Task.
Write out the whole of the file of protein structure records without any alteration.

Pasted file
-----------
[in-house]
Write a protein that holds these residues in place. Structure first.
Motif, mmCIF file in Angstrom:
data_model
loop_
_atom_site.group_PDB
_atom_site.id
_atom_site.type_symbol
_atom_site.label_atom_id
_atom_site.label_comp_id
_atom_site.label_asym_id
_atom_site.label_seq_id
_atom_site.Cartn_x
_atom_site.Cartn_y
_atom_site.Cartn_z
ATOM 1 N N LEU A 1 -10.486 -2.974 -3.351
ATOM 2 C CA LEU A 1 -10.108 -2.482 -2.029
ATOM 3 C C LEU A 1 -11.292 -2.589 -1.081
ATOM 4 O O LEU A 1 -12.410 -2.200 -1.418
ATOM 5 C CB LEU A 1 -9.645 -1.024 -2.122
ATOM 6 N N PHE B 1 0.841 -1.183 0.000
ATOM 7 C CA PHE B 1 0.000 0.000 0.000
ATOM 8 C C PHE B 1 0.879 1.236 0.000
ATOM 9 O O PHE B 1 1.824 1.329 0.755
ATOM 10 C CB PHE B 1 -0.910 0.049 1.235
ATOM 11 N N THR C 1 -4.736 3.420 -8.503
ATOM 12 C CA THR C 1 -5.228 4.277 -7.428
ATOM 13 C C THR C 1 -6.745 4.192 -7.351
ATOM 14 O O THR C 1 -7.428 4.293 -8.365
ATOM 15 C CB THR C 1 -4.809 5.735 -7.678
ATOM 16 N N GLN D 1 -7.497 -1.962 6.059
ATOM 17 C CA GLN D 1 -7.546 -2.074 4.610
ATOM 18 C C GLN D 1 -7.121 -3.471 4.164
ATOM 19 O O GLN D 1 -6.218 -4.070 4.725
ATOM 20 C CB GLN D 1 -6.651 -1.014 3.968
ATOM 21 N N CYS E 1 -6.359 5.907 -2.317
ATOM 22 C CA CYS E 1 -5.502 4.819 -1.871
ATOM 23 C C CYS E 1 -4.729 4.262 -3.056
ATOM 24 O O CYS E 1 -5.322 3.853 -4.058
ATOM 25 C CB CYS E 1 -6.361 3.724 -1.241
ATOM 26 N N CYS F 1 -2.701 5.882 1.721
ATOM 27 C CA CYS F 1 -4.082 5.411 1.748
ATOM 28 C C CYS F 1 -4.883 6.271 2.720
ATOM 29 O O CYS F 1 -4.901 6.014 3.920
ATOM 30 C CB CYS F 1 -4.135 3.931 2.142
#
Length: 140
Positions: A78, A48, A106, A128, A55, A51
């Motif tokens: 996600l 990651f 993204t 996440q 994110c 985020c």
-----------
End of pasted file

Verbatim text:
[in-house]
Write a protein that holds these residues in place. Structure first.
Motif, mmCIF file in Angstrom:
data_model
loop_
_atom_site.group_PDB
_atom_site.id
_atom_site.type_symbol
_atom_site.label_atom_id
_atom_site.label_comp_id
_atom_site.label_asym_id
_atom_site.label_seq_id
_atom_site.Cartn_x
_atom_site.Cartn_y
_atom_site.Cartn_z
ATOM 1 N N LEU A 1 -10.486 -2.974 -3.351
ATOM 2 C CA LEU A 1 -10.108 -2.482 -2.029
ATOM 3 C C LEU A 1 -11.292 -2.589 -1.081
ATOM 4 O O LEU A 1 -12.410 -2.200 -1.418
ATOM 5 C CB LEU A 1 -9.645 -1.024 -2.122
ATOM 6 N N PHE B 1 0.841 -1.183 0.000
ATOM 7 C CA PHE B 1 0.000 0.000 0.000
ATOM 8 C C PHE B 1 0.879 1.236 0.000
ATOM 9 O O PHE B 1 1.824 1.329 0.755
ATOM 10 C CB PHE B 1 -0.910 0.049 1.235
ATOM 11 N N THR C 1 -4.736 3.420 -8.503
ATOM 12 C CA THR C 1 -5.228 4.277 -7.428
ATOM 13 C C THR C 1 -6.745 4.192 -7.351
ATOM 14 O O THR C 1 -7.428 4.293 -8.365
ATOM 15 C CB THR C 1 -4.809 5.735 -7.678
ATOM 16 N N GLN D 1 -7.497 -1.962 6.059
ATOM 17 C CA GLN D 1 -7.546 -2.074 4.610
ATOM 18 C C GLN D 1 -7.121 -3.471 4.164
ATOM 19 O O GLN D 1 -6.218 -4.070 4.725
ATOM 20 C CB GLN D 1 -6.651 -1.014 3.968
ATOM 21 N N CYS E 1 -6.359 5.907 -2.317
ATOM 22 C CA CYS E 1 -5.502 4.819 -1.871
ATOM 23 C C CYS E 1 -4.729 4.262 -3.056
ATOM 24 O O CYS E 1 -5.322 3.853 -4.058
ATOM 25 C CB CYS E 1 -6.361 3.724 -1.241
ATOM 26 N N CYS F 1 -2.701 5.882 1.721
ATOM 27 C CA CYS F 1 -4.082 5.411 1.748
ATOM 28 C C CYS F 1 -4.883 6.271 2.720
ATOM 29 O O CYS F 1 -4.901 6.014 3.920
ATOM 30 C CB CYS F 1 -4.135 3.931 2.142
#
Length: 140
Positions: A78, A48, A106, A128, A55, A51
């Motif tokens: 996600l 990651f 993204t 996440q 994110c 985020c």